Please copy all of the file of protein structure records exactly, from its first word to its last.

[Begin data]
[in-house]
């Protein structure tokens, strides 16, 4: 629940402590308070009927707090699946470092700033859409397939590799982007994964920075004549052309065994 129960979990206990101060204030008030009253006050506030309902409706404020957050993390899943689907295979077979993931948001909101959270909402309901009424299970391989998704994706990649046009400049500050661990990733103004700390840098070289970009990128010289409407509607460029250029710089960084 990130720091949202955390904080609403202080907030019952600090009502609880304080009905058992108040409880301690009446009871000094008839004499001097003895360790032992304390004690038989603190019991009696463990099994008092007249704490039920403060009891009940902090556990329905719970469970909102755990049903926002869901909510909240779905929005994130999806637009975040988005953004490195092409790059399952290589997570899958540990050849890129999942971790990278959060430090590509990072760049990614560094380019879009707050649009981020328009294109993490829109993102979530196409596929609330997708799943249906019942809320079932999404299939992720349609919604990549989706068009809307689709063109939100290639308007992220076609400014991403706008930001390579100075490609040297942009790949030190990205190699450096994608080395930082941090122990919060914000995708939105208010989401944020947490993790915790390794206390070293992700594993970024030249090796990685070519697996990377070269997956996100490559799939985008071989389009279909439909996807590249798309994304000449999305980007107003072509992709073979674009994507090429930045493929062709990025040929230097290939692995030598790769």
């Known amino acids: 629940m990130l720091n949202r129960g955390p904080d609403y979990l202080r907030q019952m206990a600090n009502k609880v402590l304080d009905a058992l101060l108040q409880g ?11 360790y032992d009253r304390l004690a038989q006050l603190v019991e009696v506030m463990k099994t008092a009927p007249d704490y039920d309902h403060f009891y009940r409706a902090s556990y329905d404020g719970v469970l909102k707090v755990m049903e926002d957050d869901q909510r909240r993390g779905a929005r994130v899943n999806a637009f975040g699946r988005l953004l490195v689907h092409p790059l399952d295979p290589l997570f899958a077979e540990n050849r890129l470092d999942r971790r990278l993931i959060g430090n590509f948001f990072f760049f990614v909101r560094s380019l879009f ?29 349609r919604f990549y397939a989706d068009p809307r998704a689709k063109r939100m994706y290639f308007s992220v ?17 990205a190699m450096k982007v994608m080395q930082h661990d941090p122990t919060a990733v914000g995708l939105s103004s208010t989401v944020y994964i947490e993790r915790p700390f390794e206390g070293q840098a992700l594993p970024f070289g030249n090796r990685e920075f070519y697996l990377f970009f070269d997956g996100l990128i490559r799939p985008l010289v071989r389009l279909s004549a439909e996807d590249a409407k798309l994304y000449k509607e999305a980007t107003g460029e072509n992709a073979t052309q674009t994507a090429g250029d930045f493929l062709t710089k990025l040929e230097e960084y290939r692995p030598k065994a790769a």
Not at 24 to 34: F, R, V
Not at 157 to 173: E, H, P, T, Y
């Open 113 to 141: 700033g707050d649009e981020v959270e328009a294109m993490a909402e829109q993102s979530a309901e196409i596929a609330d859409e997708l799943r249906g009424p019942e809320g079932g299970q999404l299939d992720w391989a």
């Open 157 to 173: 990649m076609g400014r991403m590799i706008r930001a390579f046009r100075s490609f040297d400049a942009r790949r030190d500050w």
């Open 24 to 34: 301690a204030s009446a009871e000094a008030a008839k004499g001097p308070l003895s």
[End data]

[in-house]
């Protein structure tokens, strides 16, 4: 629940402590308070009927707090699946470092700033859409397939590799982007994964920075004549052309065994 129960979990206990101060204030008030009253006050506030309902409706404020957050993390899943689907295979077979993931948001909101959270909402309901009424299970391989998704994706990649046009400049500050661990990733103004700390840098070289970009990128010289409407509607460029250029710089960084 990130720091949202955390904080609403202080907030019952600090009502609880304080009905058992108040409880301690009446009871000094008839004499001097003895360790032992304390004690038989603190019991009696463990099994008092007249704490039920403060009891009940902090556990329905719970469970909102755990049903926002869901909510909240779905929005994130999806637009975040988005953004490195092409790059399952290589997570899958540990050849890129999942971790990278959060430090590509990072760049990614560094380019879009707050649009981020328009294109993490829109993102979530196409596929609330997708799943249906019942809320079932999404299939992720349609919604990549989706068009809307689709063109939100290639308007992220076609400014991403706008930001390579100075490609040297942009790949030190990205190699450096994608080395930082941090122990919060914000995708939105208010989401944020947490993790915790390794206390070293992700594993970024030249090796990685070519697996990377070269997956996100490559799939985008071989389009279909439909996807590249798309994304000449999305980007107003072509992709073979674009994507090429930045493929062709990025040929230097290939692995030598790769």
């Known amino acids: 629940m990130l720091n949202r129960g955390p904080d609403y979990l202080r907030q019952m206990a600090n009502k609880v402590l304080d009905a058992l101060l108040q409880g ?11 360790y032992d009253r304390l004690a038989q006050l603190v019991e009696v506030m463990k099994t008092a009927p007249d704490y039920d309902h403060f009891y009940r409706a902090s556990y329905d404020g719970v469970l909102k707090v755990m049903e926002d957050d869901q909510r909240r993390g779905a929005r994130v899943n999806a637009f975040g699946r988005l953004l490195v689907h092409p790059l399952d295979p290589l997570f899958a077979e540990n050849r890129l470092d999942r971790r990278l993931i959060g430090n590509f948001f990072f760049f990614v909101r560094s380019l879009f ?29 349609r919604f990549y397939a989706d068009p809307r998704a689709k063109r939100m994706y290639f308007s992220v ?17 990205a190699m450096k982007v994608m080395q930082h661990d941090p122990t919060a990733v914000g995708l939105s103004s208010t989401v944020y994964i947490e993790r915790p700390f390794e206390g070293q840098a992700l594993p970024f070289g030249n090796r990685e920075f070519y697996l990377f970009f070269d997956g996100l990128i490559r799939p985008l010289v071989r389009l279909s004549a439909e996807d590249a409407k798309l994304y000449k509607e999305a980007t107003g460029e072509n992709a073979t052309q674009t994507a090429g250029d930045f493929l062709t710089k990025l040929e230097e960084y290939r692995p030598k065994a790769a």
Not at 24 to 34: F, R, V
Not at 157 to 173: E, H, P, T, Y
């Open 113 to 141: 700033g707050d649009e981020v959270e328009a294109m993490a909402e829109q993102s979530a309901e196409i596929a609330d859409e997708l799943r249906g009424p019942e809320g079932g299970q999404l299939d992720w391989a």
């Open 157 to 173: 990649m076609g400014r991403m590799i706008r930001a390579f046009r100075s490609f040297d400049a942009r790949r030190d500050w």
């Open 24 to 34: 301690a204030s009446a009871e000094a008030a008839k004499g001097p308070l003895s």